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Holocaust Survivor Elie Wiesel Honored in Upper West Side Street Renaming

 New York City  co-names 84 street and Central Park West to commemorate literary luminary Elie Wiesel.
New York City co-names 84 street and Central Park West to commemorate literary luminary Elie Wiesel.
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NYC Mayoral Photo Office

UPPER WEST SIDE — Mayor de Blasio co-named 84 Street and Central Park West “Elie Wiesel Way” on Tuesday to memorialize the Holocaust survivor and renowned author.

Wiesel, a Nobel Peace Prize winner and author of Night who penned his experiences as a survivor of a Nazi death camp, died last summer at the age of 87 in his Manhattan home.

During his life, the literary activist denounced war crimes and genocide across the world and was recognized for his humanitarian work.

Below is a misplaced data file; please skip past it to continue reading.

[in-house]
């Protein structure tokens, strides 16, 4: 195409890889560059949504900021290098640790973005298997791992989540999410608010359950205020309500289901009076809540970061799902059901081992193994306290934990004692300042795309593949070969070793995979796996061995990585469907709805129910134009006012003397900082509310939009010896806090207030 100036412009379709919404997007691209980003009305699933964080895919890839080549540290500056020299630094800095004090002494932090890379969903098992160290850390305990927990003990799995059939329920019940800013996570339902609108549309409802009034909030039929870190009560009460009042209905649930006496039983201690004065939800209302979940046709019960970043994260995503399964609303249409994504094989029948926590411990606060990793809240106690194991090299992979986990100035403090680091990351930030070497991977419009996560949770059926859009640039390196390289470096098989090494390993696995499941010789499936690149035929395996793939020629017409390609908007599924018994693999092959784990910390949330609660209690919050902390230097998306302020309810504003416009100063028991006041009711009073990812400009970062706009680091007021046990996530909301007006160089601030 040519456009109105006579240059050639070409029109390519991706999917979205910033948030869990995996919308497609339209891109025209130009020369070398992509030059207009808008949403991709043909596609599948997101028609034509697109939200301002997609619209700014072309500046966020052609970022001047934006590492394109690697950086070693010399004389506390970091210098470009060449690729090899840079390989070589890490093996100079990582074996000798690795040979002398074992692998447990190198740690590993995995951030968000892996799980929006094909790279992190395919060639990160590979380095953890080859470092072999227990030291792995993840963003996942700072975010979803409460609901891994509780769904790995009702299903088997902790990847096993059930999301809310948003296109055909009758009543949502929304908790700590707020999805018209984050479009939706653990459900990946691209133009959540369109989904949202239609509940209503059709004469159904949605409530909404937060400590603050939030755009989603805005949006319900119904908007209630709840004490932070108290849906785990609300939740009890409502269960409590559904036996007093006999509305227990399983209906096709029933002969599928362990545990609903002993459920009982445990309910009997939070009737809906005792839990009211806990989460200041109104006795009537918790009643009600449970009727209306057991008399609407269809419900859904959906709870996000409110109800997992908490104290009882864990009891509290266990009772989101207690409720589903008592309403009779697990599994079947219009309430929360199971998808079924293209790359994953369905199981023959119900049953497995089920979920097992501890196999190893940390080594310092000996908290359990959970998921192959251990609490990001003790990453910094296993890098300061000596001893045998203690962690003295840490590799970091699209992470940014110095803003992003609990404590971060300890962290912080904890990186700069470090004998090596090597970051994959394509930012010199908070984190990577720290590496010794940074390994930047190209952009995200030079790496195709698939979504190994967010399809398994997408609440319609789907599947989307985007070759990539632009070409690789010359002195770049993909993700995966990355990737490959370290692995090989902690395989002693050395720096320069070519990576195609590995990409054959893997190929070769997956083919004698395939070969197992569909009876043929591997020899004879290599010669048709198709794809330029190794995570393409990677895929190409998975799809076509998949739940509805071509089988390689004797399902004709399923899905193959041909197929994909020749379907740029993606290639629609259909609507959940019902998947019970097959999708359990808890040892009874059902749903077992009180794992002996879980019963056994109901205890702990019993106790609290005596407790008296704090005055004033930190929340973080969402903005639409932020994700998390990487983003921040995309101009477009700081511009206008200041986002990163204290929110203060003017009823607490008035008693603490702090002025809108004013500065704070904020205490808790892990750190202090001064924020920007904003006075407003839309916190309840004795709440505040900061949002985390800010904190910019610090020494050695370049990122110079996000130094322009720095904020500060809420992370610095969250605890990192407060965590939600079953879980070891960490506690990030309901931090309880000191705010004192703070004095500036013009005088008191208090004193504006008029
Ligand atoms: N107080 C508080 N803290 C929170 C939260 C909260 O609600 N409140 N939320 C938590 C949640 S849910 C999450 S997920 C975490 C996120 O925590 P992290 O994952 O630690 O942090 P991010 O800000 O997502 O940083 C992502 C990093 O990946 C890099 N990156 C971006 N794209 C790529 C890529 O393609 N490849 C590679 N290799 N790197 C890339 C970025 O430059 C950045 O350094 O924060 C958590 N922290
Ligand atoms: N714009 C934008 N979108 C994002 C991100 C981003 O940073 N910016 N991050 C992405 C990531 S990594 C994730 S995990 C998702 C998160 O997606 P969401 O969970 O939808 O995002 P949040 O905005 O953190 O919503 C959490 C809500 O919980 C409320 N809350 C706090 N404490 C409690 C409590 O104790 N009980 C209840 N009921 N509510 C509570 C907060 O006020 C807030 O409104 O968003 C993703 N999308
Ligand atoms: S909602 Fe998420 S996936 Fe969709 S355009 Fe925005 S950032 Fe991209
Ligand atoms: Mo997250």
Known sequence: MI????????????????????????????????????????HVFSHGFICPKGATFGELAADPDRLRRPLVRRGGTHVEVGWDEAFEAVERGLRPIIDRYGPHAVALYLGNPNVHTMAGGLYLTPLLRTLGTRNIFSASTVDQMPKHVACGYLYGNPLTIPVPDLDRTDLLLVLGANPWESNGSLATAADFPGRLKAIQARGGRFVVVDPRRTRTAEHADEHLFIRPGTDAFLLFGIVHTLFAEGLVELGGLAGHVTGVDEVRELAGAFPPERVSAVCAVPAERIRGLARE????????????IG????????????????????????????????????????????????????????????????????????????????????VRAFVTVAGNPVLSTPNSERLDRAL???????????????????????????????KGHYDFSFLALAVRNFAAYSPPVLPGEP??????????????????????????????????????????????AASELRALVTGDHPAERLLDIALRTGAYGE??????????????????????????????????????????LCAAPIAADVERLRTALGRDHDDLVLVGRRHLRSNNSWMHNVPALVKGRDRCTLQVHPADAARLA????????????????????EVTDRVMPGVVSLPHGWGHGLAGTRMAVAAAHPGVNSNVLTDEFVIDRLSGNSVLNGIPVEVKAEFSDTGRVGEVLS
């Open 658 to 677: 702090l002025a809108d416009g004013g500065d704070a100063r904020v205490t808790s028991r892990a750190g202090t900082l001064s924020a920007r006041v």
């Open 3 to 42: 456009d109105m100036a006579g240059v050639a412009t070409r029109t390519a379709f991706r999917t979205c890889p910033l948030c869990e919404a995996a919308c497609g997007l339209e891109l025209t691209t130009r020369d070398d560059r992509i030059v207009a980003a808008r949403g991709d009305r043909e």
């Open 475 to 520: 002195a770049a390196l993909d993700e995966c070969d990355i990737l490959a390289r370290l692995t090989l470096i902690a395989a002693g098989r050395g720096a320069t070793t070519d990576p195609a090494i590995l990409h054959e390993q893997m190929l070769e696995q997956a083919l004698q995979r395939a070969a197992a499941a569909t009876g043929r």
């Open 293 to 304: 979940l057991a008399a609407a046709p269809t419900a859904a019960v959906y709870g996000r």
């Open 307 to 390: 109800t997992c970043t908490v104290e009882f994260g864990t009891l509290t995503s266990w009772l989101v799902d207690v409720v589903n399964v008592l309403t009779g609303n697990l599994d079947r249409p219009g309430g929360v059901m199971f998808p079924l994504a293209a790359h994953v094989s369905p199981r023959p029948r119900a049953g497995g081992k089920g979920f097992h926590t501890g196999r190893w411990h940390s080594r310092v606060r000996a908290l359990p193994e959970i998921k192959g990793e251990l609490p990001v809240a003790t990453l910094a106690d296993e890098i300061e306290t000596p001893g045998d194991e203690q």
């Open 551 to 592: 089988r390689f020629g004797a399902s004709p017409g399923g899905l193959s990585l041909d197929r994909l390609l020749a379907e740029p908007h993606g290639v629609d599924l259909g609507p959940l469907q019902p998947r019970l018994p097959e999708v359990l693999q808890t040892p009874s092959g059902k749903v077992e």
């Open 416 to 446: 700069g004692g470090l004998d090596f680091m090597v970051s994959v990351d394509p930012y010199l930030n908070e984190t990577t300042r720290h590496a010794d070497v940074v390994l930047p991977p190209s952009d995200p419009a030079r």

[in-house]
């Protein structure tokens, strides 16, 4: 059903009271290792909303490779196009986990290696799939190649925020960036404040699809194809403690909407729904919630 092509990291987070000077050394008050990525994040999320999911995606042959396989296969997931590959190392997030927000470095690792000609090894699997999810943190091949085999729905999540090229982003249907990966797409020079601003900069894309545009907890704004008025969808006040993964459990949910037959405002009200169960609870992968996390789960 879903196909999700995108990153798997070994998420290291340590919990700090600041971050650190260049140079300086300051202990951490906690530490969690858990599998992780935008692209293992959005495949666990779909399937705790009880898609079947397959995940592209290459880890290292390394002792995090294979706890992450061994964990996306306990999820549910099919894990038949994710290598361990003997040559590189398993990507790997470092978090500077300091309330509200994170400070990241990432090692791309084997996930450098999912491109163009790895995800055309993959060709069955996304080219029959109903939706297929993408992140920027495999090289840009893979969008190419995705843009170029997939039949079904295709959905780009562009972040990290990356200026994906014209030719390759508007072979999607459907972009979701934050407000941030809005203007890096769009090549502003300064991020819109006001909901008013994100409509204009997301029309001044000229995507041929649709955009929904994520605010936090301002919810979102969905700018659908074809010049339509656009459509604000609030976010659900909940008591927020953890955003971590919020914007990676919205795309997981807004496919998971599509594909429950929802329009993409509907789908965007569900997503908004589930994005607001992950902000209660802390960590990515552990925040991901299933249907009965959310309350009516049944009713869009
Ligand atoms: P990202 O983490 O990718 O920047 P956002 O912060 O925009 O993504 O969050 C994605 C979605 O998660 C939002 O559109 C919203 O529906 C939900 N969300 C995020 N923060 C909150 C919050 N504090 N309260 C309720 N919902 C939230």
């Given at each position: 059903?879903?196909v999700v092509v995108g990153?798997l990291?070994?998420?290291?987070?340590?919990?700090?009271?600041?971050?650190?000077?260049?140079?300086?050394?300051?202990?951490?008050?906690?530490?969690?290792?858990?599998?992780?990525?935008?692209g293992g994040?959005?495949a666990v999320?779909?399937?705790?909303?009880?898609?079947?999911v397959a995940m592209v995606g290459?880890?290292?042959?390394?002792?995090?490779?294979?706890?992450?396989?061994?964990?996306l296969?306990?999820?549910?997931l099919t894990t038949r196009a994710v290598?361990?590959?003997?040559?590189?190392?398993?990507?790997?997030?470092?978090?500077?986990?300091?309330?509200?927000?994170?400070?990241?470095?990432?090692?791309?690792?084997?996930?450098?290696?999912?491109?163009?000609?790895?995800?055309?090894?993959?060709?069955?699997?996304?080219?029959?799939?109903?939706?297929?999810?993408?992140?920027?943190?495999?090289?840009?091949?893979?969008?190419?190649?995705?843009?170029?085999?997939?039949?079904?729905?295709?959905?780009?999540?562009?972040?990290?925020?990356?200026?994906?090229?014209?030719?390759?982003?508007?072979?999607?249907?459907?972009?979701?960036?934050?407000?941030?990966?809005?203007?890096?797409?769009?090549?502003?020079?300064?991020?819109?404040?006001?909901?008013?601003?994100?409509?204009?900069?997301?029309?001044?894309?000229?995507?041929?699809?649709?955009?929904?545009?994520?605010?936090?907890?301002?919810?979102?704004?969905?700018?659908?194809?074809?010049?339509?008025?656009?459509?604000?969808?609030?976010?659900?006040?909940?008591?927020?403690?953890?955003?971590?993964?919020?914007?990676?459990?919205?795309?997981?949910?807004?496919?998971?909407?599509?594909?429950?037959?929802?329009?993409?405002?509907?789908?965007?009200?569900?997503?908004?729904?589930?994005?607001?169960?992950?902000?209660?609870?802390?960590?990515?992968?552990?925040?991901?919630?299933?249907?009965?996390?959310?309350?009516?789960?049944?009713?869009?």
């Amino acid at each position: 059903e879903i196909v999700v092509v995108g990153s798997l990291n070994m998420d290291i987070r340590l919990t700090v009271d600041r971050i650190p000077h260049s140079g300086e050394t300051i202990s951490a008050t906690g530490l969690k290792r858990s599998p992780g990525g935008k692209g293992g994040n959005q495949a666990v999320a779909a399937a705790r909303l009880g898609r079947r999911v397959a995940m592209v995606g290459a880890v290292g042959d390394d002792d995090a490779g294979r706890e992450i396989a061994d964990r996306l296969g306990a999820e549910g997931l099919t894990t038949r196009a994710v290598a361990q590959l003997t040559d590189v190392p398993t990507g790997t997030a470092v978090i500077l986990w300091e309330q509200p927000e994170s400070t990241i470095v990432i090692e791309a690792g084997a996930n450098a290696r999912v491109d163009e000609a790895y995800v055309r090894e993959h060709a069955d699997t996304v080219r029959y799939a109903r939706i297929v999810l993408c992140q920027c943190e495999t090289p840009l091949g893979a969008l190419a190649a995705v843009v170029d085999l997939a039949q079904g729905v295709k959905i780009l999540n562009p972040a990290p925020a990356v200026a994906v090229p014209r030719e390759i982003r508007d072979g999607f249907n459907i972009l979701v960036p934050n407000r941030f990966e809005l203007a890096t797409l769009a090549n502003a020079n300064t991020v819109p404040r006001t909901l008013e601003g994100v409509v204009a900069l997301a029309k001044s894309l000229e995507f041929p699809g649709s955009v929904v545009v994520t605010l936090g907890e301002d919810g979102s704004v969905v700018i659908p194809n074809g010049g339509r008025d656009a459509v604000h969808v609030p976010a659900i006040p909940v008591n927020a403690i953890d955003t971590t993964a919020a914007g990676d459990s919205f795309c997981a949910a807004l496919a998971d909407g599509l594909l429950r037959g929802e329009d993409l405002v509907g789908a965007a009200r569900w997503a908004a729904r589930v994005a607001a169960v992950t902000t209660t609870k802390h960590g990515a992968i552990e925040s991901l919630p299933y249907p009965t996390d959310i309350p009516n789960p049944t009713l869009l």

“Elie Wiesel endured one of the darkest periods in history,” Mayor Bill de Blasio said in a press release. “His indelible faith in humanity is an everlasting example of courage and tolerance. His words serve as a beacon of hope against fear and oppression in uncertain times.”

Wiesel is survived by his son, Elisha, and wife Marion, who attended the ceremony.

Manhattan Borough President Gale Brewer said Wiesel united communities with peace.  

“Elie Wiesel faced some of the darkest horrors of humanity’s history, and he spent the rest of his life lighting the world with his teaching, his words, and his work,” said Brewer in a press release.

For six years, Wiesel taught Judaic studies at CUNY’s City College. Wiesel is a founding board member of the New York Human Rights Foundation.

“He preached tolerance of religious minorities, and knew first-hand the experience of being a refugee, and the vulnerability of living in this country without citizenship,” said Council Member Mark Levine of District 7 in Manhattan. “Mr. Wiesel’s ties to New York City were deep.  His family made their home on the Upper West Side for many years, raising their children there and attending a local synagogue. 

Levine added, “Generations to come will remember the man who made ‘never again’ among the most important words uttered in the past century.”